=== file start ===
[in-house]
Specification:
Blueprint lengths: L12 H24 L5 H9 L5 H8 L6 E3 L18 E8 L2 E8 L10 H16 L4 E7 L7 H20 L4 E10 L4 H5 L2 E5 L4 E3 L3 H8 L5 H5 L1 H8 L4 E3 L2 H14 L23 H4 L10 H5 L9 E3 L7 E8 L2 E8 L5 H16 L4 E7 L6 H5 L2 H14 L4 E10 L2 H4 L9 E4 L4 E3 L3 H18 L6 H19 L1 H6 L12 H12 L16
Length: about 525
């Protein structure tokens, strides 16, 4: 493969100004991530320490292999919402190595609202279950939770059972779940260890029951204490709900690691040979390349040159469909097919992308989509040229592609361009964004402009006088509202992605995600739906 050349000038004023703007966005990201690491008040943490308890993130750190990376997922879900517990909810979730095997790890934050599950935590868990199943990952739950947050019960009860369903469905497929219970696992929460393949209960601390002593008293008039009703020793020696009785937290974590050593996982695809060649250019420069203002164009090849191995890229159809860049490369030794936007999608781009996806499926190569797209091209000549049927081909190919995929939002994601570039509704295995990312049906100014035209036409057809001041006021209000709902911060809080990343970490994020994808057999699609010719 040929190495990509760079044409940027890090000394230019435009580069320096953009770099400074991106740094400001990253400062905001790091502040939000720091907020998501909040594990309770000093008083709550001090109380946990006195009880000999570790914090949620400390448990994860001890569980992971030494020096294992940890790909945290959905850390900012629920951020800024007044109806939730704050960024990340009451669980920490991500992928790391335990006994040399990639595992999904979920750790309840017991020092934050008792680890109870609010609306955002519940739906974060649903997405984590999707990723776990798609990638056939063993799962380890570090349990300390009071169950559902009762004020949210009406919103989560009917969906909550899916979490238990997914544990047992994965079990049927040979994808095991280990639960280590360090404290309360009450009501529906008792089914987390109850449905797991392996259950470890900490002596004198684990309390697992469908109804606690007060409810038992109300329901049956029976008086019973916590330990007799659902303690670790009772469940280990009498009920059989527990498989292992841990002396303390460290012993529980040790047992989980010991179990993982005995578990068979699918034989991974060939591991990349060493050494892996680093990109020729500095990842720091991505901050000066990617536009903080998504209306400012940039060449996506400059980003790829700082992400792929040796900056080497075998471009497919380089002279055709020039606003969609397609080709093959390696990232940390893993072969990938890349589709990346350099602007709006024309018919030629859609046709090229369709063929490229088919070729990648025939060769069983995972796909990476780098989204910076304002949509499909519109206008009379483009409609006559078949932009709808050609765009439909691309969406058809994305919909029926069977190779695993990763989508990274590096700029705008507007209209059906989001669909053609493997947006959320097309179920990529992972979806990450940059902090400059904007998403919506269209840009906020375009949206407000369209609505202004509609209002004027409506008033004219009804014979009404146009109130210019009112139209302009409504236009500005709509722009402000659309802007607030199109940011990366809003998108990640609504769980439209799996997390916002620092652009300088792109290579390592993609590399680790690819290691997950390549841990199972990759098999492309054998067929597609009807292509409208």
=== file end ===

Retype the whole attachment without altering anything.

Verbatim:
[in-house]
Specification:
Blueprint lengths: L12 H24 L5 H9 L5 H8 L6 E3 L18 E8 L2 E8 L10 H16 L4 E7 L7 H20 L4 E10 L4 H5 L2 E5 L4 E3 L3 H8 L5 H5 L1 H8 L4 E3 L2 H14 L23 H4 L10 H5 L9 E3 L7 E8 L2 E8 L5 H16 L4 E7 L6 H5 L2 H14 L4 E10 L2 H4 L9 E4 L4 E3 L3 H18 L6 H19 L1 H6 L12 H12 L16
Length: about 525
């Protein structure tokens, strides 16, 4: 493969100004991530320490292999919402190595609202279950939770059972779940260890029951204490709900690691040979390349040159469909097919992308989509040229592609361009964004402009006088509202992605995600739906 050349000038004023703007966005990201690491008040943490308890993130750190990376997922879900517990909810979730095997790890934050599950935590868990199943990952739950947050019960009860369903469905497929219970696992929460393949209960601390002593008293008039009703020793020696009785937290974590050593996982695809060649250019420069203002164009090849191995890229159809860049490369030794936007999608781009996806499926190569797209091209000549049927081909190919995929939002994601570039509704295995990312049906100014035209036409057809001041006021209000709902911060809080990343970490994020994808057999699609010719 040929190495990509760079044409940027890090000394230019435009580069320096953009770099400074991106740094400001990253400062905001790091502040939000720091907020998501909040594990309770000093008083709550001090109380946990006195009880000999570790914090949620400390448990994860001890569980992971030494020096294992940890790909945290959905850390900012629920951020800024007044109806939730704050960024990340009451669980920490991500992928790391335990006994040399990639595992999904979920750790309840017991020092934050008792680890109870609010609306955002519940739906974060649903997405984590999707990723776990798609990638056939063993799962380890570090349990300390009071169950559902009762004020949210009406919103989560009917969906909550899916979490238990997914544990047992994965079990049927040979994808095991280990639960280590360090404290309360009450009501529906008792089914987390109850449905797991392996259950470890900490002596004198684990309390697992469908109804606690007060409810038992109300329901049956029976008086019973916590330990007799659902303690670790009772469940280990009498009920059989527990498989292992841990002396303390460290012993529980040790047992989980010991179990993982005995578990068979699918034989991974060939591991990349060493050494892996680093990109020729500095990842720091991505901050000066990617536009903080998504209306400012940039060449996506400059980003790829700082992400792929040796900056080497075998471009497919380089002279055709020039606003969609397609080709093959390696990232940390893993072969990938890349589709990346350099602007709006024309018919030629859609046709090229369709063929490229088919070729990648025939060769069983995972796909990476780098989204910076304002949509499909519109206008009379483009409609006559078949932009709808050609765009439909691309969406058809994305919909029926069977190779695993990763989508990274590096700029705008507007209209059906989001669909053609493997947006959320097309179920990529992972979806990450940059902090400059904007998403919506269209840009906020375009949206407000369209609505202004509609209002004027409506008033004219009804014979009404146009109130210019009112139209302009409504236009500005709509722009402000659309802007607030199109940011990366809003998108990640609504769980439209799996997390916002620092652009300088792109290579390592993609590399680790690819290691997950390549841990199972990759098999492309054998067929597609009807292509409208």